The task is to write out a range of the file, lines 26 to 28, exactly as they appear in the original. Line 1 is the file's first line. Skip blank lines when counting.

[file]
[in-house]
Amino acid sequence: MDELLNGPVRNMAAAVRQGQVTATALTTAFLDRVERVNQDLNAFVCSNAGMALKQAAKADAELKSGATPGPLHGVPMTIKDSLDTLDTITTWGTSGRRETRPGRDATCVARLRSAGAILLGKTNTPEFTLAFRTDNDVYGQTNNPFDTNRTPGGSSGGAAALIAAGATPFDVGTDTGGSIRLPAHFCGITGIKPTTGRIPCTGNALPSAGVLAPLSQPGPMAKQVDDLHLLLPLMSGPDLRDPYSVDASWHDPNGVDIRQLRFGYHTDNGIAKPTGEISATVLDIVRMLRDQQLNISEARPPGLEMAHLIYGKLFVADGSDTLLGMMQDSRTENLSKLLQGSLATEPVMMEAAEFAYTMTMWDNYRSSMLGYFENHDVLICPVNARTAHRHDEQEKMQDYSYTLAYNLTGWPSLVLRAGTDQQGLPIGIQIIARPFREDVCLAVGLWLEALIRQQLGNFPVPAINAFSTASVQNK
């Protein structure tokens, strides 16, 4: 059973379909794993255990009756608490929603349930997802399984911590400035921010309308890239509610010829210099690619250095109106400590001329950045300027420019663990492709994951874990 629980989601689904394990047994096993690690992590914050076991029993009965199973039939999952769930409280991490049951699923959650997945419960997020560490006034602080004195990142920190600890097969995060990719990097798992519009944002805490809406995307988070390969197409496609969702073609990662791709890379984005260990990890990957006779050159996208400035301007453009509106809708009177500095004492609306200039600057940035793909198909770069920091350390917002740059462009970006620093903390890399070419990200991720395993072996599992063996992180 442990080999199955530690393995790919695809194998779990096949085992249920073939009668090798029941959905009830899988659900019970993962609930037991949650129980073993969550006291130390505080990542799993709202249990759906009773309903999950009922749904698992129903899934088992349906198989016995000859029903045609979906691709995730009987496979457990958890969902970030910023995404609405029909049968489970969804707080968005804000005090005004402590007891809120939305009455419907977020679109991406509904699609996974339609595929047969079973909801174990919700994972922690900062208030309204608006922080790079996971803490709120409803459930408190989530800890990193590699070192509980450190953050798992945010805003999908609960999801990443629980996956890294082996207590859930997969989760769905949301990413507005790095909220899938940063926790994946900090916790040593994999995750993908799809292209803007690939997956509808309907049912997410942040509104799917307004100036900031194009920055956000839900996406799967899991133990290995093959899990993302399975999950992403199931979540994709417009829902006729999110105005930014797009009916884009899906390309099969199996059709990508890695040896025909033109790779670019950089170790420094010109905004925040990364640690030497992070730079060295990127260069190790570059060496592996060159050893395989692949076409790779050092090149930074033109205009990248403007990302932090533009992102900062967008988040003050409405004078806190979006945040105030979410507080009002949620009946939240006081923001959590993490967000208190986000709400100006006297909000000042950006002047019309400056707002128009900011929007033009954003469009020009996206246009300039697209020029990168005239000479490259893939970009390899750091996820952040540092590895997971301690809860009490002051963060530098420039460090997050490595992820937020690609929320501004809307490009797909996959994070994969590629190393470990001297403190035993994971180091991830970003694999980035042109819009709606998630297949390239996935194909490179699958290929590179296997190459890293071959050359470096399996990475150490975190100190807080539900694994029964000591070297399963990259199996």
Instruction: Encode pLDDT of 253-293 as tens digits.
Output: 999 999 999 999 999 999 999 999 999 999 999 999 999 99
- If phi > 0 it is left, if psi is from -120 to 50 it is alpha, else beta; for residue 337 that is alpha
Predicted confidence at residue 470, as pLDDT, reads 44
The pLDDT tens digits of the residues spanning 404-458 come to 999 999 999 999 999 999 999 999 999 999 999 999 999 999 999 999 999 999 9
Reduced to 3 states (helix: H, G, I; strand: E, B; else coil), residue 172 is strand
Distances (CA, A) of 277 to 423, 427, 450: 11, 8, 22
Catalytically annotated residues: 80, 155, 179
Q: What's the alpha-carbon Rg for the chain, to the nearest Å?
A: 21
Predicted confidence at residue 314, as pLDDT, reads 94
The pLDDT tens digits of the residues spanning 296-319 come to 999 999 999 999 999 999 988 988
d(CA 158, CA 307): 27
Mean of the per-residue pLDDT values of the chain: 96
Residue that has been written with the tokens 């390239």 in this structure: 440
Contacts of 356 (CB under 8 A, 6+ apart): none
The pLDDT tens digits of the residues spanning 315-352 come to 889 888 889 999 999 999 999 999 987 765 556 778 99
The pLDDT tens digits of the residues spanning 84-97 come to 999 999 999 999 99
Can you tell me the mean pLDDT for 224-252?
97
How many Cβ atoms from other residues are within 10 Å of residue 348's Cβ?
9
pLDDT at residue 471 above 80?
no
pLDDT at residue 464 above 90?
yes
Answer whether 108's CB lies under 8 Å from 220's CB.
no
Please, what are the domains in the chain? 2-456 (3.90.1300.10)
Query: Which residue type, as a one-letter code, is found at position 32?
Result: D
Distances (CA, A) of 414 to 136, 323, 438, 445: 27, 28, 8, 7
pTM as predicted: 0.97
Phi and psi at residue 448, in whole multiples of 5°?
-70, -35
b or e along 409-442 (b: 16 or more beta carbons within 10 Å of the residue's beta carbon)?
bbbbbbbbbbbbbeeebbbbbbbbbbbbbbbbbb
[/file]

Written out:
pLDDT at residue 471 above 80?
no
pLDDT at residue 464 above 90?